http://www.curetoday.com/publications/cure/2018/spring-2018/house-approves-bill-that-would-give-critically-ill-patients-early-access-to-experimental-drugs
House Approves Bill That Would Give Critically Ill Patients Early Access to Experimental Drugs

Kristie Kahl

The House of Representatives has passed a controversial right-to-try bill that would give critically ill patients quick access to experimental drugs.

On March 21, House members voted 267 to 149 along party lines on the Republican-backed measure. The next step will be for the Senate, which sup­ports the concept and passed its own version of the legislation over the sum­mer, to consider the bill.

“We … believe that patients with terminal conditions, terminal illness, should have access to experimental treatment immediately that could potentially save their lives,” President Donald Trump said during his Jan. 30 State of the Union address.

Right-to-try legislation allows patients who are terminally ill to take experimental drugs that have met the goals set for them in phase 1 testing within the review process of the Food and Drug Administration (FDA). During that early phase of testing, drugs are considered experimental.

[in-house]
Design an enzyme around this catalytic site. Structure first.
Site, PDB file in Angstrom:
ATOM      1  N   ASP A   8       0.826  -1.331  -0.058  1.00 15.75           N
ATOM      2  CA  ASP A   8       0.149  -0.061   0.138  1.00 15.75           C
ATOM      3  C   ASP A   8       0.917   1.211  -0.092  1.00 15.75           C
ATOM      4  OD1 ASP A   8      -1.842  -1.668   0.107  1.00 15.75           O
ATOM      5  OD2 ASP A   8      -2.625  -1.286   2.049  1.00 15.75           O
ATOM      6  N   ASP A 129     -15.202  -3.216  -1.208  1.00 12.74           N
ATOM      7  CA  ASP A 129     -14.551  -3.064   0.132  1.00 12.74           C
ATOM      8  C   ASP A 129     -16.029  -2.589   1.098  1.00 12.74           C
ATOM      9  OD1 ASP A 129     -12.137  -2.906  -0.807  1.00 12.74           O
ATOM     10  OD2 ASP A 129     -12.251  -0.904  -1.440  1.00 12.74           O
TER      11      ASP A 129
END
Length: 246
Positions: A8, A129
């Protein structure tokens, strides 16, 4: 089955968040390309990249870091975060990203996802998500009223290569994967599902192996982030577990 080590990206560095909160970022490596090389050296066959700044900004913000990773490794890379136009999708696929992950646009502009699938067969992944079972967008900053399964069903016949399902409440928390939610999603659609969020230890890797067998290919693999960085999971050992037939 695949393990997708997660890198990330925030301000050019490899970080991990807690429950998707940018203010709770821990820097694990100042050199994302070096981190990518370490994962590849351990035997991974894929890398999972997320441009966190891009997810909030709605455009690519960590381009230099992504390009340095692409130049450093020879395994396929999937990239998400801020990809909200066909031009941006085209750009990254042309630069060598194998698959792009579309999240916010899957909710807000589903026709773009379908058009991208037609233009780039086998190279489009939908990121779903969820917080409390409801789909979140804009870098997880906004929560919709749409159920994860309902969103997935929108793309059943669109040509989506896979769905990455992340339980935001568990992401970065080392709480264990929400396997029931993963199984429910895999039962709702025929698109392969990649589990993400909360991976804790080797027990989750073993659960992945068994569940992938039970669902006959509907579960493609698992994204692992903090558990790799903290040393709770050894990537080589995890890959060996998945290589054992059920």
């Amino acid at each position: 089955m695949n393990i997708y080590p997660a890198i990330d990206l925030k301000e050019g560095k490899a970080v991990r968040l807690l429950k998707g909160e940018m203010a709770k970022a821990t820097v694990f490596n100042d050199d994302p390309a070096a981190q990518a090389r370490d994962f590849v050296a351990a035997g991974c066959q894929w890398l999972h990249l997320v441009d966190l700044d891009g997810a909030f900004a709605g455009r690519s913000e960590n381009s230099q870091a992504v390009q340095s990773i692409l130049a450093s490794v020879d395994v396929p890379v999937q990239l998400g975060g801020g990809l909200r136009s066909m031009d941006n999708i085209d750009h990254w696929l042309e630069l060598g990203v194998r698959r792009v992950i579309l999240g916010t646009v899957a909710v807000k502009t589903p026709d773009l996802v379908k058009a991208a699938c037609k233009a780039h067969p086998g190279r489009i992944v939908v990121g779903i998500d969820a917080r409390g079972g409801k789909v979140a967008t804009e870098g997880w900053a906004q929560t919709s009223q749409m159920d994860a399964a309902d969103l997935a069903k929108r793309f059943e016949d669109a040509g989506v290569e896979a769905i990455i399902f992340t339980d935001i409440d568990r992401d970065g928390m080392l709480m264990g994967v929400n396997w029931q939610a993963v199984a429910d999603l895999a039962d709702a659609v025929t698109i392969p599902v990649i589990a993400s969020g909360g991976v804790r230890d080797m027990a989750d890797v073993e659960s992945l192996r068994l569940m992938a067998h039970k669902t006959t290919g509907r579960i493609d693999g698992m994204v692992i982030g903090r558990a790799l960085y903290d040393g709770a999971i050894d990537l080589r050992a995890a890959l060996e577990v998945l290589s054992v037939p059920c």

Right-to-try legislation is already a law in 38 states and under consider­ation in 12 more. Supporters say the bill is needed to quell patient fears that the federal government could reverse these state regulations.

Those who oppose the bill say that the use of unapproved drugs would bypass the FDA’s authority and under­mine both drug development and patient safety. They also argue that the bill would not guarantee patient access to experimental drugs, because it would not require pharmaceutical companies to provide them. Opponents also note that patients already have an effective route for gaining access to experimental drugs: the FDA’s compas­sionate-use program.

“It is important to remember that the current regulatory system for medical products and research in the United States was created as a result of seri­ous patient harm and exploitation that occurred early in the 20th century,” said Keysha Brooks-Coley, vice president of federal affairs for the American Cancer Society Cancer Action Network, the organization’s lobbying arm. “Clinical research protections are in place when experimental products are being tested to ensure the safe and ethical treat­ment of research participants.”
 
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